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Such perceptions are not uncommon among women at this career stage in the United States. However, this examination took place not in the United States but in the United Kingdom.5,6 That the perceptions in that country so closely echo those that have emerged from similar studies in the United States raises the question, of course, of how general these outcomes are across a wide swath of countries and cultures. This critical question is what underlies the ongoing effort to collect data about the status of women chemists across a range of countries.


Although recent years have witnessed measurable gains by women in receiving first and advanced university degrees in the chemical sciences,7 the progress of women chemists through their careers, as in most other science and engineering fields, continues to lag behind those of men worldwide.8 Gender disparities persist in pay, promotion rates, and access to certain areas of specialization, and women are often excluded or underrepresented in research and in key leadership positions. The consequence is the inability to have the largest pool of people from whom to draw the top talent required to address global economic and societal challenges, and to sustain a country’s global economic competitiveness. In the United States, increased competition from Germany, Italy, Japan, Spain, the United Kingdom, and South American and Asian countries—all of which have been making more strategic investments in chemistry research and education—poses a growing concern for policy-makers.

While increasing the participation of and leadership by women in all STEM9 fields is vital, it is especially critical in the chemical sciences for two important reasons. First, the fundamentals of the chemical sciences underpin advances in many other scientific and technical arenas: biology, materials, electronics, environmental sciences, and more. Second, chemical scientists work in a variety of settings, mostly non-academic, not just in those specific to their disciplines. Thus, in addition to recruitment, retention of talented women in the chemical sciences and advancement to positions of leadership across employment sectors is of equal importance. Notwithstanding recent gains, women are lost at each rung along the career ladder, with many highly trained women opting out of careers in chemistry altogether.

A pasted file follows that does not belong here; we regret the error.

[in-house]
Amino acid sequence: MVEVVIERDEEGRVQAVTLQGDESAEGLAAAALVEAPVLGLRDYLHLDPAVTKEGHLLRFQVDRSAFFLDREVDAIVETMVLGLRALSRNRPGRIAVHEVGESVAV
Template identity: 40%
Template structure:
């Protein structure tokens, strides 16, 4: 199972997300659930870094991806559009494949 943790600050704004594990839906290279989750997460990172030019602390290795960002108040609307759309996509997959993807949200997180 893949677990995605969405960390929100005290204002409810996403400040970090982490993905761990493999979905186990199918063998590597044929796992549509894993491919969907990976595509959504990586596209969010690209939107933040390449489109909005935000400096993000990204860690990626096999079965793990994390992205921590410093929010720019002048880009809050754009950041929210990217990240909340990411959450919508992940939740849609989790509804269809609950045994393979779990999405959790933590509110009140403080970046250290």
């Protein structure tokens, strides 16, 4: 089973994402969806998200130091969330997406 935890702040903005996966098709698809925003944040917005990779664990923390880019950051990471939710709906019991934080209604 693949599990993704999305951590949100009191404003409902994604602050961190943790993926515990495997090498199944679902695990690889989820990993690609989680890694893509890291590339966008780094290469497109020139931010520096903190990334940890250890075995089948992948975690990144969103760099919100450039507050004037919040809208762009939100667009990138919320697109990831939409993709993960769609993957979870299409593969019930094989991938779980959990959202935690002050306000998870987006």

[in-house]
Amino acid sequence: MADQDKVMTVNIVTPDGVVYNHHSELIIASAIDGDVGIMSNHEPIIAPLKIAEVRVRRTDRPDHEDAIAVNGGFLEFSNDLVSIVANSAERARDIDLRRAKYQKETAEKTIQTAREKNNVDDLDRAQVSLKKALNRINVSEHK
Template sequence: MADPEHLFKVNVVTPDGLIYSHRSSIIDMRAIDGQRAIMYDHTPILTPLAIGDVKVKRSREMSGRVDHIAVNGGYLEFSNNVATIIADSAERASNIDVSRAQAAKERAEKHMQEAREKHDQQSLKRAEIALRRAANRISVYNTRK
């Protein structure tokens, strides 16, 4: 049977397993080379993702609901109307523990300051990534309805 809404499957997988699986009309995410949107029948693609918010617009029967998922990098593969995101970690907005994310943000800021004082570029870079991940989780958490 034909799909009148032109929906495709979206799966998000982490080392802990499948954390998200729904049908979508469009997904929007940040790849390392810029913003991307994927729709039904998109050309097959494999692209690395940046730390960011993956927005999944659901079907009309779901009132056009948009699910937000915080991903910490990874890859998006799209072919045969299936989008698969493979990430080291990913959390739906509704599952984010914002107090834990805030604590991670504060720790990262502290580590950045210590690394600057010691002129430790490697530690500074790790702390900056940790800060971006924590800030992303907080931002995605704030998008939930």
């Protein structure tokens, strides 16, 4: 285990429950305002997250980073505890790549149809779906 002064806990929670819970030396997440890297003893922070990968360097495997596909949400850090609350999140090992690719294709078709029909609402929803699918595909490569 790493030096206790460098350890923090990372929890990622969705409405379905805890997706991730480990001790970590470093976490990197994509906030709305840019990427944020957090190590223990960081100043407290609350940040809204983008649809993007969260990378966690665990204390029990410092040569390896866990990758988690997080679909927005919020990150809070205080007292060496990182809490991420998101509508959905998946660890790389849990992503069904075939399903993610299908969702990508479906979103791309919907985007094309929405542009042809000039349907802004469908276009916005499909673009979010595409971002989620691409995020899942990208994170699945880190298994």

Data Collection Challenges

Owing largely to data limitations across the globe, much has remained unknown about the status of women chemical scientists on a global level, in educational attainment, and particularly regarding career outcomes. This is a serious challenge. Understanding the reasons for women’s slow progress, and developing effective policies and programs to advance women in the chemical disciplines, both require robust and reliable data that can be compared across


5 S. Dickinson and J. L. Newsome. 2008. Change of Heart: Career Intentions and the Chemistry Ph.D. Royal Society of Chemistry.

6 J. L. Newsome. 2008. The Chemistry Ph.D. The Impact on Women’s Retention. Royal Society of Chemistry and the United Kingdom Resource Center for Women in SET. Available at

7 Hansen, D.J. 2010. Gains Continue for Chemistry Grads. Chemical Engineering News. 88(34):44-54.

8 National Science Board. 2010. Science and Engineering Indicators 2010. Arlington, VA: National Science Foundation (NSB 10-01). Available at

9 Science, technology, engineering, and mathematics (STEM) is a commonly used acronym in the United States.

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